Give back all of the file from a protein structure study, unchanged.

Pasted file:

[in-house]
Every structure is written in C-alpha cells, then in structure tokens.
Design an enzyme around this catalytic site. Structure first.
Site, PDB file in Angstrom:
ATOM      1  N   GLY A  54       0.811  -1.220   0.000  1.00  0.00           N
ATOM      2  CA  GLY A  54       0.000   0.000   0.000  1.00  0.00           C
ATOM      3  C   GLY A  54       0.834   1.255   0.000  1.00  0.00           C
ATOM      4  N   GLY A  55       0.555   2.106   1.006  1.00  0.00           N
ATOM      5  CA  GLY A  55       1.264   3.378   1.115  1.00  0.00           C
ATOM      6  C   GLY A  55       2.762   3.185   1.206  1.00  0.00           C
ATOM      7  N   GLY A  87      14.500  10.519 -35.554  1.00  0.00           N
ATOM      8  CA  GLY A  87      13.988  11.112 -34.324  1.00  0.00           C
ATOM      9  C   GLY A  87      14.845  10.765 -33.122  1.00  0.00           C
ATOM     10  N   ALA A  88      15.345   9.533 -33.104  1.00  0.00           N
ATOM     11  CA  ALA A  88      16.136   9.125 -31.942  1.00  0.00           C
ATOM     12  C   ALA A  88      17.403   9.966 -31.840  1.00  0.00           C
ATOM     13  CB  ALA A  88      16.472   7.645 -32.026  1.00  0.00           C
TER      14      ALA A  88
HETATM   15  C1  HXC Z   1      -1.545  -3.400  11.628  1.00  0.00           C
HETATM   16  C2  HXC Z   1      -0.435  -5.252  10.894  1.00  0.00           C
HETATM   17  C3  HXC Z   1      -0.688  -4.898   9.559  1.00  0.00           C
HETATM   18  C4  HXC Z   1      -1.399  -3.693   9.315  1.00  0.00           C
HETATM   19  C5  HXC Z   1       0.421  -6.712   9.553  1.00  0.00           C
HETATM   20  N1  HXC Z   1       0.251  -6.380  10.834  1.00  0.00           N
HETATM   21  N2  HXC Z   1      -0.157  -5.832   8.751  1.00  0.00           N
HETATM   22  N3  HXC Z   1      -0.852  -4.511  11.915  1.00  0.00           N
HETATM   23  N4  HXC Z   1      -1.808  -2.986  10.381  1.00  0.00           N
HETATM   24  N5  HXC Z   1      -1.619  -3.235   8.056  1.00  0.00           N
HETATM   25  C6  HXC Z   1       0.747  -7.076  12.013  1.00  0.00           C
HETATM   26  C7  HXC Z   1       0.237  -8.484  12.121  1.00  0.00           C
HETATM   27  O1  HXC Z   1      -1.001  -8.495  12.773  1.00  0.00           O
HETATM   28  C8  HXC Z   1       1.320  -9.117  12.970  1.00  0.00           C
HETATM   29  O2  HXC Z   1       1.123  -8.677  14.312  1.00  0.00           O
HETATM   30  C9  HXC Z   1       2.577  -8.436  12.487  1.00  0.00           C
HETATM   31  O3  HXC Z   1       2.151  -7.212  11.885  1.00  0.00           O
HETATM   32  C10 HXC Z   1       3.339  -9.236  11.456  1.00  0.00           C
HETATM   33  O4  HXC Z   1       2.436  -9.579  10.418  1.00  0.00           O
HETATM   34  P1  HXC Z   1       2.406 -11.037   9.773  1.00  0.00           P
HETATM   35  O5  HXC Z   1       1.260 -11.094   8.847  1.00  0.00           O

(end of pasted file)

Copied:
[in-house]
Every structure is written in C-alpha cells, then in structure tokens.
Design an enzyme around this catalytic site. Structure first.
Site, PDB file in Angstrom:
ATOM      1  N   GLY A  54       0.811  -1.220   0.000  1.00  0.00           N
ATOM      2  CA  GLY A  54       0.000   0.000   0.000  1.00  0.00           C
ATOM      3  C   GLY A  54       0.834   1.255   0.000  1.00  0.00           C
ATOM      4  N   GLY A  55       0.555   2.106   1.006  1.00  0.00           N
ATOM      5  CA  GLY A  55       1.264   3.378   1.115  1.00  0.00           C
ATOM      6  C   GLY A  55       2.762   3.185   1.206  1.00  0.00           C
ATOM      7  N   GLY A  87      14.500  10.519 -35.554  1.00  0.00           N
ATOM      8  CA  GLY A  87      13.988  11.112 -34.324  1.00  0.00           C
ATOM      9  C   GLY A  87      14.845  10.765 -33.122  1.00  0.00           C
ATOM     10  N   ALA A  88      15.345   9.533 -33.104  1.00  0.00           N
ATOM     11  CA  ALA A  88      16.136   9.125 -31.942  1.00  0.00           C
ATOM     12  C   ALA A  88      17.403   9.966 -31.840  1.00  0.00           C
ATOM     13  CB  ALA A  88      16.472   7.645 -32.026  1.00  0.00           C
TER      14      ALA A  88
HETATM   15  C1  HXC Z   1      -1.545  -3.400  11.628  1.00  0.00           C
HETATM   16  C2  HXC Z   1      -0.435  -5.252  10.894  1.00  0.00           C
HETATM   17  C3  HXC Z   1      -0.688  -4.898   9.559  1.00  0.00           C
HETATM   18  C4  HXC Z   1      -1.399  -3.693   9.315  1.00  0.00           C
HETATM   19  C5  HXC Z   1       0.421  -6.712   9.553  1.00  0.00           C
HETATM   20  N1  HXC Z   1       0.251  -6.380  10.834  1.00  0.00           N
HETATM   21  N2  HXC Z   1      -0.157  -5.832   8.751  1.00  0.00           N
HETATM   22  N3  HXC Z   1      -0.852  -4.511  11.915  1.00  0.00           N
HETATM   23  N4  HXC Z   1      -1.808  -2.986  10.381  1.00  0.00           N
HETATM   24  N5  HXC Z   1      -1.619  -3.235   8.056  1.00  0.00           N
HETATM   25  C6  HXC Z   1       0.747  -7.076  12.013  1.00  0.00           C
HETATM   26  C7  HXC Z   1       0.237  -8.484  12.121  1.00  0.00           C
HETATM   27  O1  HXC Z   1      -1.001  -8.495  12.773  1.00  0.00           O
HETATM   28  C8  HXC Z   1       1.320  -9.117  12.970  1.00  0.00           C
HETATM   29  O2  HXC Z   1       1.123  -8.677  14.312  1.00  0.00           O
HETATM   30  C9  HXC Z   1       2.577  -8.436  12.487  1.00  0.00           C
HETATM   31  O3  HXC Z   1       2.151  -7.212  11.885  1.00  0.00           O
HETATM   32  C10 HXC Z   1       3.339  -9.236  11.456  1.00  0.00           C
HETATM   33  O4  HXC Z   1       2.436  -9.579  10.418  1.00  0.00           O
HETATM   34  P1  HXC Z   1       2.406 -11.037   9.773  1.00  0.00           P
HETATM   35  O5  HXC Z   1       1.260 -11.094   8.847  1.00  0.00           O